Honors, Awards and Activities: Fellow, Reynolds National Center for Business Journalism; named “Print Journalist of the Year” by Fort Worth Weekly; “Journalist of the Year,” West Texas Press Association (three times); first place, news writing, feature writing, headline writing, column writing, news photography by the Texas Press Association, West Texas Press Association, and North and East Texas Press Association; gold and silver awards, International and Regional Magazine Association; inducted into the Texas Institute of Letters.

Candidate Q&A

Why are you the best candidate for this position?

I’ve spent my entire career in Texas working for large and small news outlets, so I know the area and many of the people who work in journalism, either professionally or on campuses. I’m dedicated in helping our profession and also educating the public about the role of journalism in democracy.

What is an example of a change you have made or helped make within SPJ?

I launched a Region 8 Facebook page and blog to better connect and inform members of our geographically large region. I worked with several chapters that were either restarting or launching. Our number of Region 8 chapters has grown in the past two years.

What will some of your priorities be if elected and why?

My first priority is to help chapters through this difficult period when many of them cannot meet or hold events in person. It’s important to keep our existing chapters going. My second priority is to contact universities that have journalism programs but do not have SPJ chapters and help them start chapters, and to contact advisers at universities where students have participated in the MOE awards and try to get them involved in SPJ. We need to mentor and encourage the next generation of journalists. Another priority is to create more online tools for our chapters, such as tutorials and webinars. I believe there will be lasting changes from this pandemic crisis. More activities will have to move online.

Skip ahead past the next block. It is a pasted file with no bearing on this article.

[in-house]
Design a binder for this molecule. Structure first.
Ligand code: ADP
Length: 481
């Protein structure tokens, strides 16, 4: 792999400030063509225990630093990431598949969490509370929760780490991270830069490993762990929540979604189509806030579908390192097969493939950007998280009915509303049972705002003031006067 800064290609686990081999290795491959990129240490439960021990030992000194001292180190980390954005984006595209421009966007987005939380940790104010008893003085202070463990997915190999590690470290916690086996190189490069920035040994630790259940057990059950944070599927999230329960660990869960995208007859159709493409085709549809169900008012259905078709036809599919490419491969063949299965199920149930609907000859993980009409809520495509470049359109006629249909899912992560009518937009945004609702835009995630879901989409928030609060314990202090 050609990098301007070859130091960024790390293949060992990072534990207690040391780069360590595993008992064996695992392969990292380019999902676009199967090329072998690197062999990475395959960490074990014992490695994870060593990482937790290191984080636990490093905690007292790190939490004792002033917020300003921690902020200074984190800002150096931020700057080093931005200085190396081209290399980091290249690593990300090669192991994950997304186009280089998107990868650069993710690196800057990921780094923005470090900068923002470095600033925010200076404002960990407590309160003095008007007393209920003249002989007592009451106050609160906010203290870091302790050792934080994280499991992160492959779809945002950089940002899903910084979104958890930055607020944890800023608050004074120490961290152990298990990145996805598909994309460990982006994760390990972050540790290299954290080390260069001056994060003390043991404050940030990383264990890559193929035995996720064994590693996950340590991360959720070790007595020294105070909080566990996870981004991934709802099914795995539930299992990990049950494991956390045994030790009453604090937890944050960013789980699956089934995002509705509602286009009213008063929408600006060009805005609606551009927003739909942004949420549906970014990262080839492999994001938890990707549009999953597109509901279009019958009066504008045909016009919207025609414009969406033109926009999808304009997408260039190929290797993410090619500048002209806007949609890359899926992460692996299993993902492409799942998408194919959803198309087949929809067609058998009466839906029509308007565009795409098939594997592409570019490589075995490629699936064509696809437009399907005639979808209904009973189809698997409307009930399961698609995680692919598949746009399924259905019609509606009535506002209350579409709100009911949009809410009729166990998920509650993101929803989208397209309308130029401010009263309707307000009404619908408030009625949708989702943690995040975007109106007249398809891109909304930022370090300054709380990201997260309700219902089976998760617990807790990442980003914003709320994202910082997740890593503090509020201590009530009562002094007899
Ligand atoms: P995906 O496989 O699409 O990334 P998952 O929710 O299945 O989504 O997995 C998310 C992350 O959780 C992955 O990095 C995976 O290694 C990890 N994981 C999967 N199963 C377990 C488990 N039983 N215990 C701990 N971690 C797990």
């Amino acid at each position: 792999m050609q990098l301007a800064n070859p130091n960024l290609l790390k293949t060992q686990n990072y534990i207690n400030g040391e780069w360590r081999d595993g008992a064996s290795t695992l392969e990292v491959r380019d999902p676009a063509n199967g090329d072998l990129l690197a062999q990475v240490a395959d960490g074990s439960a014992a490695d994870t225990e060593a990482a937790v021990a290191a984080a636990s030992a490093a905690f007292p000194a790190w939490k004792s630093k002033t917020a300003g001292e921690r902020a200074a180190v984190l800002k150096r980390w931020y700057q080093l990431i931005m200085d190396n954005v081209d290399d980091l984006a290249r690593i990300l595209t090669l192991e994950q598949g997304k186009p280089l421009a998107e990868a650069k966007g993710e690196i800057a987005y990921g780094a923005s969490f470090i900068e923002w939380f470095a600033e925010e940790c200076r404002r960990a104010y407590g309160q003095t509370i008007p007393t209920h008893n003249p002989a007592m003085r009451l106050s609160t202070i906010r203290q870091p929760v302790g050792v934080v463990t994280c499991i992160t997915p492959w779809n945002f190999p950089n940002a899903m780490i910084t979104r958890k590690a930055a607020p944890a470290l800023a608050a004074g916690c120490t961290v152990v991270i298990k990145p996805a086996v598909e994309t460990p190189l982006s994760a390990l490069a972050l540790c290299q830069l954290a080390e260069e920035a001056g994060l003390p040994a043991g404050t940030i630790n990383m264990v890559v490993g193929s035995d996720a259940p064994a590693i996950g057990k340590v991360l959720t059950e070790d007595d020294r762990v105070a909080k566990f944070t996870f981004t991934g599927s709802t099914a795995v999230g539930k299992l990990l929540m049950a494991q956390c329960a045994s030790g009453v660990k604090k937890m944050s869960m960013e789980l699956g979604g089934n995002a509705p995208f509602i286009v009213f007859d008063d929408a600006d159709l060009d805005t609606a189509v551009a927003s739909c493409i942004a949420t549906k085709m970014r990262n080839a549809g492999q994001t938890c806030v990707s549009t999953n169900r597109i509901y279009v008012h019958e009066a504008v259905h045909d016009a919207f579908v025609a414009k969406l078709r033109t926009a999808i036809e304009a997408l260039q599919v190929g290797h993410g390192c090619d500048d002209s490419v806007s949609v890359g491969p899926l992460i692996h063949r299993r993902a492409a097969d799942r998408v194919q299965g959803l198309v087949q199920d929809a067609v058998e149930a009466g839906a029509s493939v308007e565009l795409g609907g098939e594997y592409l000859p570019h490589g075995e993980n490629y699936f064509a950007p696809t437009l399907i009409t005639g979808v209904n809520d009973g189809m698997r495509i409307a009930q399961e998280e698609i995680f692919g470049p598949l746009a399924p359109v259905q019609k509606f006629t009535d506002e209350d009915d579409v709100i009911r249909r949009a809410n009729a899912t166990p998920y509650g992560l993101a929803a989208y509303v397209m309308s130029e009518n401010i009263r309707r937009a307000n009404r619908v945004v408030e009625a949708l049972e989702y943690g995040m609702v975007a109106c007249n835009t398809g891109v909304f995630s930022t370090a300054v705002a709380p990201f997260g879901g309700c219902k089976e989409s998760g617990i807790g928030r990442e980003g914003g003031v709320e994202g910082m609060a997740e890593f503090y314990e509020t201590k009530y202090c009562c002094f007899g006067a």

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Region 9 Coordinator
Currently unopposed

Ed Otte

Why I’m seeking this SPJ office: To continue working with pro and campus chapters in the region and to serve as a liaison to the SPJ board and headquarters staff.

Current SPJ Office: Region 9 Coordinator

Previous SPJ Experience: Elected to SPJ Board of Directors in 2016. Elected regional coordinator in 2018. Served on Regional Fund Task Force. Attended Ted Scripps Leadership Institute in July 2016 in Denver. President of SPJ Colorado Pro chapter 2014-2016. SPJ member since 1989.

Professional Experience: Retired in August 2010 after serving for 15 years as executive director of the Colorado Press Association. Previously worked at newspapers in Colorado, New Mexico and Texas.

Education: Adams State College (now University), Alamosa, CO

Honors, Awards and Activities: In 2004, the Colorado High School Press Association (now Colorado Student Media Association) gave me its Friend of Scholastic Journalism award "in appreciation of his work to improve journalism education." On Aug. 26, 2010, the governor signed a proclamation declaring the date Ed Otte Day in Colorado, citing his journalism accomplishments. In February 2011, received the CPA Friend of the First Award "in recognition of his commitment to a free press and the public's right to know." Adjunct journalism faculty at Colorado State University (1991-1995), served on journalism advisory boards at Metro State College-Denver (now University), University of Colorado-Boulder and Community College of Denver. Served as president of Colorado Associated Press Editors & Reporters in 1992 and on the CPA board of directors (1993-95).

Candidate Q&A

Why are you the best candidate for this position?

After serving for four years as an RD/RC, I can provide continuity in working with Region 9 pro and college chapters on membership and programming, and with state chapters on regional conferences. I worked on the past two regional conferences in Colorado and was involved with regionals in New Mexico and Utah. Regardless of how future conferences and other activities are staged, that experience is valuable.

What is an example of a change you have made or helped make within SPJ?

To assist Wyoming journalists in their efforts to reinstate their pro chapter I helped arrange SPJ sessions at Wyoming Press Association annual conventions in Casper and Cheyenne and two programs — one featuring the WPA media law attorney discussing recent changes to public meetings and records laws and the second a Facebook for Journalists training session — at Laramie County Community College in Cheyenne. The SPJ board reinstated the Wyoming chapter in 2019.

What will some of your priorities be if elected and why?

Emphasizing ethical newsgathering and best journalistic practices remain top priorities — in normal times and during this pandemic. They are vital for campus chapter activities, pro chapter programs and public projects. Providing outreach to and support for pro and campus chapters so SPJ can remain reliable and relevant to its members and the public.